for the small fraction of what we spent at war in iraq, we could support institutions of fragile states do not collapse in the first place. it is not just the right thing to do, it is the smart thing to do. that is why we need to follow through on the effort to combat climate change. if we do not act boldly, the bill that could come to will be masked migrations and food supply decimated and conflicts born of despair. this agreement gives us a framework cap and only if we scale up ambition, and there must be a sense of urgency about bringing the agreement in force
and helping poorer countries leapfrogged distractive forces of energy. so for the wealthiest countries, a green climate fund should only be the beginning. we need to provide market incentives to develop new technologies and then make them accessible and affordable for poorer countries. only then can we continue lifting all people of from -- property without condemning our children with a climate beyond their ability to repair. so, we need new models for the global marketplace, models that are inclusive and sustainable. in the same way, we need models of governance that are inclusive and accountable to ordinary people. i recognize not every country will recognize the same model of governance.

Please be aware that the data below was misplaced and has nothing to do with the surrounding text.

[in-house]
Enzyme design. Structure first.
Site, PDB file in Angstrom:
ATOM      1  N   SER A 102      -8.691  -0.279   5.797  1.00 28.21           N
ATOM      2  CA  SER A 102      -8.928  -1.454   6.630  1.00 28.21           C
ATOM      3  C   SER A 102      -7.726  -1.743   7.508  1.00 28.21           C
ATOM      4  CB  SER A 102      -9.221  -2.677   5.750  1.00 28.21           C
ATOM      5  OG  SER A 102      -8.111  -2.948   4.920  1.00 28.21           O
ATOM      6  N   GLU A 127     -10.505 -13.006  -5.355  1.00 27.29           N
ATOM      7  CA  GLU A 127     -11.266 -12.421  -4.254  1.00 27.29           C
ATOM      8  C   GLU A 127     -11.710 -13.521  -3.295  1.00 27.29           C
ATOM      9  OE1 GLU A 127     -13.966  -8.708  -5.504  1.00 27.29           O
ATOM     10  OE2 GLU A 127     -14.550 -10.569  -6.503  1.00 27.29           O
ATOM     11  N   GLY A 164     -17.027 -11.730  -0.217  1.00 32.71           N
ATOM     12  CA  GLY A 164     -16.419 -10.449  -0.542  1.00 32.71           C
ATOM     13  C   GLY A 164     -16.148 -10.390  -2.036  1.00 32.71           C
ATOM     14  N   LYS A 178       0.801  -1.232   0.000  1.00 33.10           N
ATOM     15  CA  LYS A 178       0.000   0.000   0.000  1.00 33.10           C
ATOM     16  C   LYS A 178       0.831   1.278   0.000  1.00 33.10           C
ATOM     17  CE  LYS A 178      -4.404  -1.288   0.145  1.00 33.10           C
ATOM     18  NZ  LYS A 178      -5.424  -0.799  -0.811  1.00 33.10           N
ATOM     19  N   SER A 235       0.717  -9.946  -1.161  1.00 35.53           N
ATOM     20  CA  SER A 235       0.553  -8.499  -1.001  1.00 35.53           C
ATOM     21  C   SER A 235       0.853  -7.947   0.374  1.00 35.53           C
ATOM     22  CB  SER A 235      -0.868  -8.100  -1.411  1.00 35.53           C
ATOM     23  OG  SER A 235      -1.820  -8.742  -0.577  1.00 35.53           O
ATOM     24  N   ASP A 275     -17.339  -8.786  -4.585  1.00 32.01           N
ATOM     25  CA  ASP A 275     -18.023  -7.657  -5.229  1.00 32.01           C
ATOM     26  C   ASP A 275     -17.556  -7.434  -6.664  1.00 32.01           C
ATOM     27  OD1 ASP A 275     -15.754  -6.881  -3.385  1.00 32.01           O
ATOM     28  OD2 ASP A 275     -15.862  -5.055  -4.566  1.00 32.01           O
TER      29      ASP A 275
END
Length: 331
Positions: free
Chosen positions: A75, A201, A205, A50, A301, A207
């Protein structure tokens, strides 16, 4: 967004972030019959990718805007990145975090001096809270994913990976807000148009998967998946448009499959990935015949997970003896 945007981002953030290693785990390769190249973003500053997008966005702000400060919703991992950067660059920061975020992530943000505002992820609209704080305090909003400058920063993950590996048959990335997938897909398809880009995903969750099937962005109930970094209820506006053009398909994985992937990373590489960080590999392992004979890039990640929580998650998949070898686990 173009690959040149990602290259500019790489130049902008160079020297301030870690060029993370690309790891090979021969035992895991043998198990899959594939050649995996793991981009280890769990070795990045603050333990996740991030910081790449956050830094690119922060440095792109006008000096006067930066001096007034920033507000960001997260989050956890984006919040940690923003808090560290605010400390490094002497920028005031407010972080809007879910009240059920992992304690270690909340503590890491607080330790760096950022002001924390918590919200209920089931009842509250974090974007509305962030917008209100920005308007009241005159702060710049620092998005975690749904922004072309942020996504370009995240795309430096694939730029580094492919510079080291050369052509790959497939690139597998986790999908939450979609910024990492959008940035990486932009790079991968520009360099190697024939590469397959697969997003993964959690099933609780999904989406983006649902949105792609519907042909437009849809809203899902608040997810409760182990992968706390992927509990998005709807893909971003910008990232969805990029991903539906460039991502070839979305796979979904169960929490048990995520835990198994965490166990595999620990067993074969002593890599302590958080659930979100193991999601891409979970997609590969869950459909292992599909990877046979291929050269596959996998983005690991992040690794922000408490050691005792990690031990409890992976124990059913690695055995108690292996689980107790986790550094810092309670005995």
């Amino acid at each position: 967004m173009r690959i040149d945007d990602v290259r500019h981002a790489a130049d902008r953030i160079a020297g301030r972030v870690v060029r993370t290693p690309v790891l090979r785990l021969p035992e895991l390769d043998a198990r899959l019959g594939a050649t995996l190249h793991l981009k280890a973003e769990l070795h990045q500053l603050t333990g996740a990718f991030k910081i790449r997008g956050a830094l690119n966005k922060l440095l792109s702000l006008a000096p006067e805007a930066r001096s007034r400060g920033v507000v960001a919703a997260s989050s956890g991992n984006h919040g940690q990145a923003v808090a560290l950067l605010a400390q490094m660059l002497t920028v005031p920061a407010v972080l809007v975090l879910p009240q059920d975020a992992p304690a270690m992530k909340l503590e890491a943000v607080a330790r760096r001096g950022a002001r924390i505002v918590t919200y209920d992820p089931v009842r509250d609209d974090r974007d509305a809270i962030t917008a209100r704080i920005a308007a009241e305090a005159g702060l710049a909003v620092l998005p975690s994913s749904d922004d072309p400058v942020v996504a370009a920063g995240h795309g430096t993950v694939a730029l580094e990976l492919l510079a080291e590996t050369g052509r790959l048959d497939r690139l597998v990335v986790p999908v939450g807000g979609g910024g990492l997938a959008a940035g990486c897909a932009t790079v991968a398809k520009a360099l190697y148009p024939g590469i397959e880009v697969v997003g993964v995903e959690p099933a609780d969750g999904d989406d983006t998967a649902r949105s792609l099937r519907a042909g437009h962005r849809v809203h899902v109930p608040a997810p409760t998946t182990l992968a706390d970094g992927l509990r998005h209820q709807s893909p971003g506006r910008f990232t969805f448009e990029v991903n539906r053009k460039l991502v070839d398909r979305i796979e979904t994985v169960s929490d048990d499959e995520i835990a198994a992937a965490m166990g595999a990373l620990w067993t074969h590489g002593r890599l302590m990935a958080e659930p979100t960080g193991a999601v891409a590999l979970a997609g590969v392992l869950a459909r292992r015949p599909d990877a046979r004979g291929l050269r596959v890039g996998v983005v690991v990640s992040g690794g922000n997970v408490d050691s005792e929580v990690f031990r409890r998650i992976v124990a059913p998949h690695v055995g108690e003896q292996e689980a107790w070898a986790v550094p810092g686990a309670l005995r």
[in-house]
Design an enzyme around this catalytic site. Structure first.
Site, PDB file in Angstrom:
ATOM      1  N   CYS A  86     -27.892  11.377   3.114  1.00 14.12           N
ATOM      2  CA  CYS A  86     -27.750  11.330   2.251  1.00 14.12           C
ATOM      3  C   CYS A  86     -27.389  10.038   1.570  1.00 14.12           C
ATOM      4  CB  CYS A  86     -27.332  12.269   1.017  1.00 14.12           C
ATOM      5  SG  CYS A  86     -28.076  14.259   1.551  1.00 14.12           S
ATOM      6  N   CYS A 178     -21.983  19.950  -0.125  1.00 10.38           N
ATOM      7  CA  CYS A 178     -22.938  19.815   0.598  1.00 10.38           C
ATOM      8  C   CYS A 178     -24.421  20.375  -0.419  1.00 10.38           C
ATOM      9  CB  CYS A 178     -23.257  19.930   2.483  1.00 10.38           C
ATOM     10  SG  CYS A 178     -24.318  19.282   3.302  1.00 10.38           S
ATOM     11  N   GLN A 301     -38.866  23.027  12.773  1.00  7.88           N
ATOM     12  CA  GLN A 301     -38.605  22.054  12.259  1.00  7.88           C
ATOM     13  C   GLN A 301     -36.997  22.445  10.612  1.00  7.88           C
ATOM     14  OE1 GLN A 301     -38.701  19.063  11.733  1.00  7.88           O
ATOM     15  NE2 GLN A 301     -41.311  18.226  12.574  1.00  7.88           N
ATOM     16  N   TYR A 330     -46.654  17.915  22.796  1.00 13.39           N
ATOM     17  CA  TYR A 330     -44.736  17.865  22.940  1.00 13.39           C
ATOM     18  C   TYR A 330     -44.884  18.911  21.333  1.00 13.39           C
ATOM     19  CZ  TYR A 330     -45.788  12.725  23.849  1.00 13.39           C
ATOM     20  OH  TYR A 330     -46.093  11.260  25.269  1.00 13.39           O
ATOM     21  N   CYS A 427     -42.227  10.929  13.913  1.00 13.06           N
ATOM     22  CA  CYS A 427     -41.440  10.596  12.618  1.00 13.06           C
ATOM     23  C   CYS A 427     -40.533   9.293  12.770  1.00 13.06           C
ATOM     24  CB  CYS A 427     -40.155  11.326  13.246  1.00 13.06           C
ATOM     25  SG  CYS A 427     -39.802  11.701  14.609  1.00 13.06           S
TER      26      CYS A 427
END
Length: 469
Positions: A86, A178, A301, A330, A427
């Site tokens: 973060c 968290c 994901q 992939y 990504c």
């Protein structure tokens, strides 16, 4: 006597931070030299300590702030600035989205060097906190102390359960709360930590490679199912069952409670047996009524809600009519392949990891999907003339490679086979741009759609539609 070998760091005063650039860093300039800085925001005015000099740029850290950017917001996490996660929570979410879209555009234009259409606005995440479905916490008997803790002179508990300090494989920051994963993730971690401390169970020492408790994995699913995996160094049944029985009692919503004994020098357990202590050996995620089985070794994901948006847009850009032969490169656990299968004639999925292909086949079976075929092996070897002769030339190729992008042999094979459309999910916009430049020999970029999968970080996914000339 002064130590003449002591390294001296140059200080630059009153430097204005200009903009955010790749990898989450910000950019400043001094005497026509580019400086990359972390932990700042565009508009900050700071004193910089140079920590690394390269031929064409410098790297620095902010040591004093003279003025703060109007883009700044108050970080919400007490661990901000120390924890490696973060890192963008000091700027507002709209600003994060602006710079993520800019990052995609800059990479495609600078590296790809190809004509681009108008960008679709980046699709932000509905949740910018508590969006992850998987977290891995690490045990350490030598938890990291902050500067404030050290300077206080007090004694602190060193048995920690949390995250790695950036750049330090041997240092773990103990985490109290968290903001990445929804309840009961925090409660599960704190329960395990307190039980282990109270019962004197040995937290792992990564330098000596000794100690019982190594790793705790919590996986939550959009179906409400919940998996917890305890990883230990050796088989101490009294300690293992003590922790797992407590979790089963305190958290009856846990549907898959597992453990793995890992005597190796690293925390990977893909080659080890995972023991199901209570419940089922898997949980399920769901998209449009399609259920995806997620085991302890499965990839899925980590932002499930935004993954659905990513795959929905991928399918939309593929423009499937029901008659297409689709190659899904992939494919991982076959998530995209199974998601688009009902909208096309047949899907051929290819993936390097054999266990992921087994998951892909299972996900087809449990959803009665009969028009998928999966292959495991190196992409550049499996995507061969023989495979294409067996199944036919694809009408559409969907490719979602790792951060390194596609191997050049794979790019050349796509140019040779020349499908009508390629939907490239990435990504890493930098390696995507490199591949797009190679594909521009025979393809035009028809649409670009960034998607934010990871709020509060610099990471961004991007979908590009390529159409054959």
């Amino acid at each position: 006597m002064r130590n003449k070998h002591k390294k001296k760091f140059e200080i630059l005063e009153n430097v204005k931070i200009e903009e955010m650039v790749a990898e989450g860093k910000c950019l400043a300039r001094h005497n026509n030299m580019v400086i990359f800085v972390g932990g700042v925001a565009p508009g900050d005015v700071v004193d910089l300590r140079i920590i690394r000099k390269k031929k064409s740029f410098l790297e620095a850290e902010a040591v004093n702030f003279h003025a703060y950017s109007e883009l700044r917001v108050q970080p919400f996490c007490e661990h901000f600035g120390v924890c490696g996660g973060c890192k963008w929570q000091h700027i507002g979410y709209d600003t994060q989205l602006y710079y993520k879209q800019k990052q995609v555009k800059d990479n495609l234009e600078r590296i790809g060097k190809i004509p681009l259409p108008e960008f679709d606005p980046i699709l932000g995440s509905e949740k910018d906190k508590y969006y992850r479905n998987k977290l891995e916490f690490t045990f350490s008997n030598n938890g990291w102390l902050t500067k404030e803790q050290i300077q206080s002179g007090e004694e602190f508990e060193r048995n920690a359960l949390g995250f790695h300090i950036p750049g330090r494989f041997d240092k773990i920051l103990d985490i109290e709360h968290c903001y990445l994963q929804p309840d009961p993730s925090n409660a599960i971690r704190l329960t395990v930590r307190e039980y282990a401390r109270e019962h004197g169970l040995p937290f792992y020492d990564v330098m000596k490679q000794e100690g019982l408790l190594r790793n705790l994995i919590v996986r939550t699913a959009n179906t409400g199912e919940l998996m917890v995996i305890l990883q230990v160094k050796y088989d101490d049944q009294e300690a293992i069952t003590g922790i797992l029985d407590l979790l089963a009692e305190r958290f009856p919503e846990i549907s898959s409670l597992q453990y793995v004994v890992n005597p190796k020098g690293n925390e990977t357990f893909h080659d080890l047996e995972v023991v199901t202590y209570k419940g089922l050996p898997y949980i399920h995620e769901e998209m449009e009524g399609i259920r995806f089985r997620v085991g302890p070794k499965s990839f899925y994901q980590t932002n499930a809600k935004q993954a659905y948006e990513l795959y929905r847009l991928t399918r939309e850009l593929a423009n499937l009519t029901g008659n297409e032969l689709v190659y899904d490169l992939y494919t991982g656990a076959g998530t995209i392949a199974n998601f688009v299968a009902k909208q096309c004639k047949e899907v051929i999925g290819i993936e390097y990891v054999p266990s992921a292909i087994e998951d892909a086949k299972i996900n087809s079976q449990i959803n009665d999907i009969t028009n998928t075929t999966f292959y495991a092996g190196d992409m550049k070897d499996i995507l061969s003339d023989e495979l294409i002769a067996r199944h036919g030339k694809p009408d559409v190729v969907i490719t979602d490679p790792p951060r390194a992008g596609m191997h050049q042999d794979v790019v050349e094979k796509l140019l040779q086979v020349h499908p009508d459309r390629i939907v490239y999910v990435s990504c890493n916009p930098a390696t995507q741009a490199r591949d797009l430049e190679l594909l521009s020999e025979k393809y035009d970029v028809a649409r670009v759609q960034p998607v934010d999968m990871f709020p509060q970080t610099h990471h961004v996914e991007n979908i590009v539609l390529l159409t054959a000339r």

i do not think america can or should impose assist some of governance on other countries. but there appears to be a growing contest between authoritarianism and libertarianism right now. i believe in the liberal political ordnance. build not through just elections and government but respect for human rights and civil society, and independent judiciary's and the rule of law. i know that some countries that now recognize the power of free markets still reject model of free societies. perhaps those of us who have been promoting democracy feel somewhat discouraged since the end of the cold war because we learned liberal democracies will not just wash across the globe